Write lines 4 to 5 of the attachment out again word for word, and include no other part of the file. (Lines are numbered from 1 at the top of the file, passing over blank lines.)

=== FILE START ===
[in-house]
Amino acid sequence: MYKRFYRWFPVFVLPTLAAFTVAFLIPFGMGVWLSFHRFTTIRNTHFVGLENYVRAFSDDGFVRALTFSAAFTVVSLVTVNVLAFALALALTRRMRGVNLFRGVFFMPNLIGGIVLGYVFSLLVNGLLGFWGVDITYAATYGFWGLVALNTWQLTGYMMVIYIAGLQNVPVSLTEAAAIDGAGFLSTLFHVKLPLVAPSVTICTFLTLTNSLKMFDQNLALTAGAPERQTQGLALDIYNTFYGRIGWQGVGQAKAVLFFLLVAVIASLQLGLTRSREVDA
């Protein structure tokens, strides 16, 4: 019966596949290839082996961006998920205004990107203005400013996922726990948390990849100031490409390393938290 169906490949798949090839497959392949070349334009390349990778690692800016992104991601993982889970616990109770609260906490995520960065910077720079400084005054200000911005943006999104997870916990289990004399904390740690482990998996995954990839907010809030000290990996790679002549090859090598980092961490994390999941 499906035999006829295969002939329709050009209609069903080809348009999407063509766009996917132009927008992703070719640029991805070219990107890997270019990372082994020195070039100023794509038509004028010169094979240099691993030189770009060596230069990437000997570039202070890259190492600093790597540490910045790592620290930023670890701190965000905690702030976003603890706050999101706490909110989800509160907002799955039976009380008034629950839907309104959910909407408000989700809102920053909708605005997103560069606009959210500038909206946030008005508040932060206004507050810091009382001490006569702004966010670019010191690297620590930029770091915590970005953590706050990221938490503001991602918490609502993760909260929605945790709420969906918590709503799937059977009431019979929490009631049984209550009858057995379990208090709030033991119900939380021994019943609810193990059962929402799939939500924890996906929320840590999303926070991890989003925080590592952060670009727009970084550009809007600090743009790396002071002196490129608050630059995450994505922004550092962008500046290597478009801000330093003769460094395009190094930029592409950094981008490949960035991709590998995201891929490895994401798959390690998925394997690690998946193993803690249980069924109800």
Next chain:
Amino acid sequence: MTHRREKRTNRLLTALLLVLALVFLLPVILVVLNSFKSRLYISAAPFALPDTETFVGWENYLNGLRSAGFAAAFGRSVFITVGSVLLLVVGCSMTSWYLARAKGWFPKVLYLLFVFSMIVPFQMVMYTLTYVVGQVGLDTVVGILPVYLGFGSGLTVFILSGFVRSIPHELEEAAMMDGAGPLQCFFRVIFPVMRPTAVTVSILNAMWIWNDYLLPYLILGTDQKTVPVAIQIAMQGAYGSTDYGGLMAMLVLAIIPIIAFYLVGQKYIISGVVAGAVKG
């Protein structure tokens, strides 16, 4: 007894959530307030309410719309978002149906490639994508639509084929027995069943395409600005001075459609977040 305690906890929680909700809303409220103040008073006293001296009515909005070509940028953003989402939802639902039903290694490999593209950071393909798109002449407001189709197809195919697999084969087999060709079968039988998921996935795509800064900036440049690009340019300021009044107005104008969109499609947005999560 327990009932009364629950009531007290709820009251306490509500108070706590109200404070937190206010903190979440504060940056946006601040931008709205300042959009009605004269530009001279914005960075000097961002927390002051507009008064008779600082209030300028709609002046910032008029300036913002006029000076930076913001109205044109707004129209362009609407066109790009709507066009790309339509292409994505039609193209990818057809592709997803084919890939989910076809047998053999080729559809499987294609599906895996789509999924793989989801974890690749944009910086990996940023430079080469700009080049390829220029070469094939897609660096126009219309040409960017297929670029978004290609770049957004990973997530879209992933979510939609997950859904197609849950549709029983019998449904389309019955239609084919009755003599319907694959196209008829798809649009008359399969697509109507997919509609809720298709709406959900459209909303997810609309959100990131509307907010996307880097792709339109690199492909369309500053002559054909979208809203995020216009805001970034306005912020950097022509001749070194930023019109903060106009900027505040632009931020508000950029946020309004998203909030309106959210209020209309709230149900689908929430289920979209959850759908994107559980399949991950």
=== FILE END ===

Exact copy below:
Next chain:
Amino acid sequence: MTHRREKRTNRLLTALLLVLALVFLLPVILVVLNSFKSRLYISAAPFALPDTETFVGWENYLNGLRSAGFAAAFGRSVFITVGSVLLLVVGCSMTSWYLARAKGWFPKVLYLLFVFSMIVPFQMVMYTLTYVVGQVGLDTVVGILPVYLGFGSGLTVFILSGFVRSIPHELEEAAMMDGAGPLQCFFRVIFPVMRPTAVTVSILNAMWIWNDYLLPYLILGTDQKTVPVAIQIAMQGAYGSTDYGGLMAMLVLAIIPIIAFYLVGQKYIISGVVAGAVKG